Patch: Right, the region count  itself for PaleoQuest is six, the core gaming regions. And there are, I think we’re up to three or four instances right now … But we load balance the traffic across the regions so that the game play  remains smooth and stuff when it gets busy, in the evenings especially.

Linden Realms is, surprisingly, still the biggest experience out there. It’s about double the size in region count and we have the same amount of instances on it, and it sees about three times the amount of traffic that PaleoQuest still does today.

It’s kind-of built its own community around itself, hasn’t it? With people who go and play there regularly.

Patch: Yeah, there’s actually a lot of in-world groups that have formed around it; residents just love playing the game, and socialising and stuff while they run around and collect crystals and complete the quests and such. It’s actually really interesting; in the rare  occasion that we ever have a breakdown in the experience, we have to take it down and repair something and bring it back up, the amount of people who reach out to us and say, “Hey! What’s going on? When is it coming back?” and stuff. And we actually have to post status blog messages and stuff just because of the pretty big following that it has …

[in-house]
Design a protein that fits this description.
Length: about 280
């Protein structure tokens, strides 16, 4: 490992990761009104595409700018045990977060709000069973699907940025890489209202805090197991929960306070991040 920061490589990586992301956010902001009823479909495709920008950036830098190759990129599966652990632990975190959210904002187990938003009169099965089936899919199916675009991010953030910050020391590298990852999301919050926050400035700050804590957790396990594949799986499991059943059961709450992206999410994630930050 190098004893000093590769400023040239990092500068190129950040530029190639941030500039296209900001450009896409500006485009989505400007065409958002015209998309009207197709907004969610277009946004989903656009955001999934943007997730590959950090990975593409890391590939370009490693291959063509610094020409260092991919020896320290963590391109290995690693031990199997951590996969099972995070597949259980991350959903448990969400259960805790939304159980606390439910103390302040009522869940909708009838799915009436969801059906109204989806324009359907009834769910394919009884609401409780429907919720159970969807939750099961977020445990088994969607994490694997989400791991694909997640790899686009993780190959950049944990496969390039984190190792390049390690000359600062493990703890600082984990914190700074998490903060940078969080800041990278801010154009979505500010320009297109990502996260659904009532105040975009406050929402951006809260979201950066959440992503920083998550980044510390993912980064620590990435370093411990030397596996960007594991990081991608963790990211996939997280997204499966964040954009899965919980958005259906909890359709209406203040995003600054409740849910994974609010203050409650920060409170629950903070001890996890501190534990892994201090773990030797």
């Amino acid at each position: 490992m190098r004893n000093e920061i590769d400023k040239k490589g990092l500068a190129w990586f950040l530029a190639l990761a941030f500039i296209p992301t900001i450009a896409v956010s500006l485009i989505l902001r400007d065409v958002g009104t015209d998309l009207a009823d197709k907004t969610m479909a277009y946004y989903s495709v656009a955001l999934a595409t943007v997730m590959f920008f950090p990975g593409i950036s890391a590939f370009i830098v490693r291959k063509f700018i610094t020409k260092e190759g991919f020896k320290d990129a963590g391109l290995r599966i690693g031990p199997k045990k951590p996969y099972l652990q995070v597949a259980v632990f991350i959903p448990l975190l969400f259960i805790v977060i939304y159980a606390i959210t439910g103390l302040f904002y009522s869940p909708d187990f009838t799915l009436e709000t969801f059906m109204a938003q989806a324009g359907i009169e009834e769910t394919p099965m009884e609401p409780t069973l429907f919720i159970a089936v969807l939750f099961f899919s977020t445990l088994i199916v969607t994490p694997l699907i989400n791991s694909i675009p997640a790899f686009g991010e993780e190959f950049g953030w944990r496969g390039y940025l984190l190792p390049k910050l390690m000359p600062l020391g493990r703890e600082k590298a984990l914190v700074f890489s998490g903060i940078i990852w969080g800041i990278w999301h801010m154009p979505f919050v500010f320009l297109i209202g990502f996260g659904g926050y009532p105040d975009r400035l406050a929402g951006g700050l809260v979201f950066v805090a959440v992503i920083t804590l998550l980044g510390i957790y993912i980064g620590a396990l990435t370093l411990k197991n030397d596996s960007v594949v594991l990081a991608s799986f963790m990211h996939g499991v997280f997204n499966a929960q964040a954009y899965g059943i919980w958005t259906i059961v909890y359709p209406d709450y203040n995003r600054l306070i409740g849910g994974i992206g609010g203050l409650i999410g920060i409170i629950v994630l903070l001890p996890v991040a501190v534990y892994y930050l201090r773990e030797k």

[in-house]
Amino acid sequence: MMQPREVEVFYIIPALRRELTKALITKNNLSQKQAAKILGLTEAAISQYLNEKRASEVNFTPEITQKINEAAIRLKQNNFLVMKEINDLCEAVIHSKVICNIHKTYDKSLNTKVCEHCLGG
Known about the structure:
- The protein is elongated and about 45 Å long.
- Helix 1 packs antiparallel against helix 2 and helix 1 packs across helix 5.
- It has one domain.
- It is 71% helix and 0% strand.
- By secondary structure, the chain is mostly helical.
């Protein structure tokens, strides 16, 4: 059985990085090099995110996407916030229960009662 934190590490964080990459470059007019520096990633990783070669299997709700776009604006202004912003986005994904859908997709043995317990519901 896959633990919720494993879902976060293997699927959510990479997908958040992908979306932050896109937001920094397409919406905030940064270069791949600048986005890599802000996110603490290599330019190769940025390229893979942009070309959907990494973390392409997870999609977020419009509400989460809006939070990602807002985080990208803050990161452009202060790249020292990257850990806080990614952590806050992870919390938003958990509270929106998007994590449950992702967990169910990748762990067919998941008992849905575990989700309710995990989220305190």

And a lot of the work that we do, and the experiences that we build, that is one of our primary goals. We want to see people  build up communities and enjoy what we do and socialise in them, have a good time; find something to spend some time doing. And really most importantly, to answer the big golden question for us, which is what is there to do in Second Life, especially with new users when they come in.  We put these experiences out there so that they can go in and get a taste of the various things that they can do.

Dee … you talked about being around since ’03 … Take us back to 2003 and some of your first impressions, and how some of those have maybe evolved and changed as the platform has over these 13 years.

Dee: Wow! That’s a big question! 2003 we were paying for teleports, we were paying prim taxes for every prim you have rezzed, and  the higher up off of the ground that it was, the more you would pay per week. We had the leader boards back then.

Back then there was so much transparency between residents; every week you would see who has the most Linden dollars in-world right now, and I took a screen shot of the week I was number one with L$20,000! That was huge! We’re talking about when there were 17 regions on-line … There were who has the most calling cards, that was one of the leader boards, who has the most land, but like I said, the one with the most money, that was, “Oh my god! I made it! I made it! I’m the richest woman in Second Life!”  So I took a picture of it.